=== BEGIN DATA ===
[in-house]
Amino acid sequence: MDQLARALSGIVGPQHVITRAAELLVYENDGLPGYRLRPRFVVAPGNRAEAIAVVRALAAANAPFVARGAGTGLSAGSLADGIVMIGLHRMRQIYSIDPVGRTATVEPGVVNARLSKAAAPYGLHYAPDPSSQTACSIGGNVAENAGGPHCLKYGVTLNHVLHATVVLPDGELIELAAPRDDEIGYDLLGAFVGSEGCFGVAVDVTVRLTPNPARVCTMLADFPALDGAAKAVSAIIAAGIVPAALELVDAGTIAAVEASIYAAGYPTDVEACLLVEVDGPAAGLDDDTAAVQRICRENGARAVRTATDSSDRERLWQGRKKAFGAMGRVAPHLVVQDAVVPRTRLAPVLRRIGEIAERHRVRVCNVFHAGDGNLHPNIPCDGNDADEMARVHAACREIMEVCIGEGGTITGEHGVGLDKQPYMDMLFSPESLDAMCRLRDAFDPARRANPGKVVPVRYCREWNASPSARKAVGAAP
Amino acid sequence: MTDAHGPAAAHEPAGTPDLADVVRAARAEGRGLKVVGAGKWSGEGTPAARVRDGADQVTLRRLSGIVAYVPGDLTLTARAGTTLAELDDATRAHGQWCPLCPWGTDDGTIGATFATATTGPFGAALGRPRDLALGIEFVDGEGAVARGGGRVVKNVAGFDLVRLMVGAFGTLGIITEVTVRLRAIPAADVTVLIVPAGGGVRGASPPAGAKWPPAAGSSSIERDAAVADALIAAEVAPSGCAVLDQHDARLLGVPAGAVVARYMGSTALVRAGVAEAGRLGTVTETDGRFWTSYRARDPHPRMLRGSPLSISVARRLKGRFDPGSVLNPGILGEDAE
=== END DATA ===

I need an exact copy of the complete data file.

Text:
[in-house]
Amino acid sequence: MDQLARALSGIVGPQHVITRAAELLVYENDGLPGYRLRPRFVVAPGNRAEAIAVVRALAAANAPFVARGAGTGLSAGSLADGIVMIGLHRMRQIYSIDPVGRTATVEPGVVNARLSKAAAPYGLHYAPDPSSQTACSIGGNVAENAGGPHCLKYGVTLNHVLHATVVLPDGELIELAAPRDDEIGYDLLGAFVGSEGCFGVAVDVTVRLTPNPARVCTMLADFPALDGAAKAVSAIIAAGIVPAALELVDAGTIAAVEASIYAAGYPTDVEACLLVEVDGPAAGLDDDTAAVQRICRENGARAVRTATDSSDRERLWQGRKKAFGAMGRVAPHLVVQDAVVPRTRLAPVLRRIGEIAERHRVRVCNVFHAGDGNLHPNIPCDGNDADEMARVHAACREIMEVCIGEGGTITGEHGVGLDKQPYMDMLFSPESLDAMCRLRDAFDPARRANPGKVVPVRYCREWNASPSARKAVGAAP
Amino acid sequence: MTDAHGPAAAHEPAGTPDLADVVRAARAEGRGLKVVGAGKWSGEGTPAARVRDGADQVTLRRLSGIVAYVPGDLTLTARAGTTLAELDDATRAHGQWCPLCPWGTDDGTIGATFATATTGPFGAALGRPRDLALGIEFVDGEGAVARGGGRVVKNVAGFDLVRLMVGAFGTLGIITEVTVRLRAIPAADVTVLIVPAGGGVRGASPPAGAKWPPAAGSSSIERDAAVADALIAAEVAPSGCAVLDQHDARLLGVPAGAVVARYMGSTALVRAGVAEAGRLGTVTETDGRFWTSYRARDPHPRMLRGSPLSISVARRLKGRFDPGSVLNPGILGEDAE